Divorce can have a dramatic effect on a family’s financial situation, as the pool of money available moves from providing for one household to having to provide for two.
The family home is very often the main asset to consider on divorce. Can it be retained, and if so by whom, or will it need to be sold in order to arrive at a fair outcome?
Alongside the home is the consideration of the mortgage. This might be at a preferential rate that one or other of the couple are anxious not to lose. It might carry with it a significant redemption penalty that will be triggered on a sale, which the couple are keen to avoid incurring.
Various options are routinely explored. A few are set out below.
1. Consider selling
Very often neither party will wish to retain the home on divorce. It may hold too many bad memories for them or it might be that retaining the property is simply unaffordable. If the couple can agree then it is best to follow the advice of a selling agent and put the property on the market at a price and a time that they would recommend to achieve the best possible price.
If there is going to be a sale, it can often be important that the agent is instructed to hold onto the proceeds until an overall financial agreement is reached between the couple. Sometimes, the couple will agree that a limited amount of should be released to each of them at the outset just to tide them over whilst the treatment of balance is negotiated.
If you have to sell your home consider the redemption penalty and make sure this is factored into negotiations. You should also be careful not to disregard the costs of sale such as agents’ costs and conveyancing solicitors fees, which are often notionally included at 3% before the sale has occurred.
2. Consider buying out your spouse
This solution is sometimes looked at if one party has a particular attachment to the property. You often see this as well if the house has to be retained because its size is needed to accommodate the children and it is within a short distance of schools, for example. Affordability is often the key consideration here and it will depend on the other assets the couple have and the ability of the spouse looking to retain the property to borrow. Advice should be sought from a mortgage specialist in conjunction with your divorce solicitor to ensure that the right combination between mortgage and equity is arrived at in order to fund the appropriate settlement.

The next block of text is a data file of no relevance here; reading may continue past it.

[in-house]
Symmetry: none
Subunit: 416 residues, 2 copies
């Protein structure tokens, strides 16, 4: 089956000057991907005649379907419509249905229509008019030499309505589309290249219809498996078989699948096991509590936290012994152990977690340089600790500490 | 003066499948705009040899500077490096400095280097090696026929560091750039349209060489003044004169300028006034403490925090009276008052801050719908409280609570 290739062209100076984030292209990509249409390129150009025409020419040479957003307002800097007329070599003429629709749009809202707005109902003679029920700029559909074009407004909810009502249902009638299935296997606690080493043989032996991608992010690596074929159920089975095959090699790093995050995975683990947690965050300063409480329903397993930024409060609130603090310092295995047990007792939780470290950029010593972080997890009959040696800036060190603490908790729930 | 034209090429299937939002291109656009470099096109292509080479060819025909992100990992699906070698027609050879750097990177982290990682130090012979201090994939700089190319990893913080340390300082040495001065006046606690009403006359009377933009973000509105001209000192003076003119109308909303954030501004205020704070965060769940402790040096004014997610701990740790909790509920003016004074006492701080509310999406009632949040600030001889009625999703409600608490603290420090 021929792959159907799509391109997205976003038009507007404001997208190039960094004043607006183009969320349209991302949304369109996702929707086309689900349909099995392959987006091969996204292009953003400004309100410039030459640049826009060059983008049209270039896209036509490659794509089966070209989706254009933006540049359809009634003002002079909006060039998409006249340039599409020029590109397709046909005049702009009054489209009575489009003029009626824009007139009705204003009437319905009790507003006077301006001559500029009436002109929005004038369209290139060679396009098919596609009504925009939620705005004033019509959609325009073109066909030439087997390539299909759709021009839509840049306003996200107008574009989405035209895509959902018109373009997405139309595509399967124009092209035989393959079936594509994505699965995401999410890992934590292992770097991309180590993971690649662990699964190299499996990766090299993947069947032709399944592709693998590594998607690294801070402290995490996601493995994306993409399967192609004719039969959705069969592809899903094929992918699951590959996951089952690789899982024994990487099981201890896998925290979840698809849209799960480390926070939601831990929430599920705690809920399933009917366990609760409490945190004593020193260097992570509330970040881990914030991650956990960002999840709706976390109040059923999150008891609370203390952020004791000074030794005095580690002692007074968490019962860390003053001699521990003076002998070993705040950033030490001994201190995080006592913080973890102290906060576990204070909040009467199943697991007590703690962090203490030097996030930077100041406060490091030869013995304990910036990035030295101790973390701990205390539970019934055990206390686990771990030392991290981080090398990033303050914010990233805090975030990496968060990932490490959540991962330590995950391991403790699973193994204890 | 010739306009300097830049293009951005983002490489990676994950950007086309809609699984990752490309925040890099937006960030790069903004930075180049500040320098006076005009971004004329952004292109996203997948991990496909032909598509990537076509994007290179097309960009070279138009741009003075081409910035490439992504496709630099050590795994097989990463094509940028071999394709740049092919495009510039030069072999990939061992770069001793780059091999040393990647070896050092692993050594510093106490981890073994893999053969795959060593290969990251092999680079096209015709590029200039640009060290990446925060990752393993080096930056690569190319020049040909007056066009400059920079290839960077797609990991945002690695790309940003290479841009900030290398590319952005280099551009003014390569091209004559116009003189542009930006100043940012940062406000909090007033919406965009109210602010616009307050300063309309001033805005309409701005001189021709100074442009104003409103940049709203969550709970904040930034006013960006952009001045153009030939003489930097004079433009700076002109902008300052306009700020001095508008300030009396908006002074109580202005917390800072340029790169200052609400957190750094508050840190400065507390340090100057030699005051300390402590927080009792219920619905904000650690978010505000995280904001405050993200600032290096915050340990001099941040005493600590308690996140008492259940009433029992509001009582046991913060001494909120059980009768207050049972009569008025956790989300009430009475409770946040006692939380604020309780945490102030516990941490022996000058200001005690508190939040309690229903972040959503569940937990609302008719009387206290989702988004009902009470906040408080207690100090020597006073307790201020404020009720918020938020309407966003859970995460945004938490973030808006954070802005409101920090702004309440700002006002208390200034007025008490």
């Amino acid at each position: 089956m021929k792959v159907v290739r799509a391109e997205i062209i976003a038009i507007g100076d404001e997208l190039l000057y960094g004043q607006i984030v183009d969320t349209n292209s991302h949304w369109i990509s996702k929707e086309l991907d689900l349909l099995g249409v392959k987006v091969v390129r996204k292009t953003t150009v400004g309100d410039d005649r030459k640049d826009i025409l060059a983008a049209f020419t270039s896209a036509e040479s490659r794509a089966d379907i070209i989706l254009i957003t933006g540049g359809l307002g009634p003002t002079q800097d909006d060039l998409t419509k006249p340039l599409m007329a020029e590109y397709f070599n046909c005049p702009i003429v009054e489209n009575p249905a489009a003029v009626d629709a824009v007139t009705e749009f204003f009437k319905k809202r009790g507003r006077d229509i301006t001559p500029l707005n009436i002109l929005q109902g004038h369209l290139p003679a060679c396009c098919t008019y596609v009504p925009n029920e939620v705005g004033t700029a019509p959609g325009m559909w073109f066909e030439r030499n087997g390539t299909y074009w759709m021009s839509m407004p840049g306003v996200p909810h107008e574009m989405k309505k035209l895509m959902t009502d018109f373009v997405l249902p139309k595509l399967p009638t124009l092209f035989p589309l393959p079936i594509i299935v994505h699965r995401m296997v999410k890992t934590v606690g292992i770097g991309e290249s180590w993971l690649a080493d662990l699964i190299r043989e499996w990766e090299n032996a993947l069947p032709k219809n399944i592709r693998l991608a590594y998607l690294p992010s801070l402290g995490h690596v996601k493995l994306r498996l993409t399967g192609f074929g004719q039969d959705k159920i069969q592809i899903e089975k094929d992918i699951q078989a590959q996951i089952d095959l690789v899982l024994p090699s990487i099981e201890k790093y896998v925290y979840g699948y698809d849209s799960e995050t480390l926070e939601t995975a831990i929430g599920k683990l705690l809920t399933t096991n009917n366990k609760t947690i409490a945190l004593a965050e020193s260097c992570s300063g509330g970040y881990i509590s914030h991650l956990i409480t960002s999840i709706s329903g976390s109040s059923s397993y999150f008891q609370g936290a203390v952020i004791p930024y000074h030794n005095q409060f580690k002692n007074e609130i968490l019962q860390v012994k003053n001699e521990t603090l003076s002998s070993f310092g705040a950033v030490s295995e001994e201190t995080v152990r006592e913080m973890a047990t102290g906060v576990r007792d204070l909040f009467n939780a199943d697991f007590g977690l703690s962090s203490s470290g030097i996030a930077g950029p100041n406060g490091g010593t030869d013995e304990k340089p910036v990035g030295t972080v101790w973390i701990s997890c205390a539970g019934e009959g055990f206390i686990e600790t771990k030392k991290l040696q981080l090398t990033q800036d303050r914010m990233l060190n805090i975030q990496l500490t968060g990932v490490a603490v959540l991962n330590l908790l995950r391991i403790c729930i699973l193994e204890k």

3. Consider deferring a sale for the children
Sometimes the only solution will be to defer a sale until a time in the future, for example when the youngest child is 18 or 21 or finishes full time education. This tends to happen most when the main carer for the children cannot afford to buy out their spouse but it is quite clear that they could not find nor afford another property nearly as appropriate as the family home to raise the children in. In this situation, the non-occupying spouse will remain named on the title deeds and the mortgage, but the spouse remaining in the home will agree to meet the mortgage payments month on month until it is sold. There is often a belief that this prevents the non-occupying spouse from purchasing another property themselves, however we are finding that the mortgage market is adjusting to this arrangement and that more high street lenders are open to providing a second mortgage to the non-occupying spouse on this basis.
Another option to consider is the occupying spouse being transferred the property and re-mortgaging, but subject to a charge providing the non-occupying spouse with a settlement amount at some agreed point in the future.
4. Consider deferring a sale of other reasons
Very occasionally a sale may be deferred for reasons other than the children. For example, the property might have the potential of attracting a high income yield that neither party wishes to lose. The property could well be in negative equity and a plan might be agreed on between the spouses to take it out of the red and into a situation that would achieve a profit for the parties on a sale. Sometimes development is looked at. Great care needs to be taken with these types of arrangements, not only to ensure that the scheme is viable, but also to make sure that one party is not being exploited by the other.
In all of these scenarios it can be vital that legal advice and representation, both to help you understand your legal rights and obligations, and to protect you from doing something unwise that you may regret.
Andrew Barton is a partner in the family team in Exeter and a Resolution Accredited Specialist in complicated financial matters arising from divorce. He regularly advises clients on divorce and financial matters. If you would like to contact Andrew, then please call 01392 210700 or email firstname.lastname@example.org.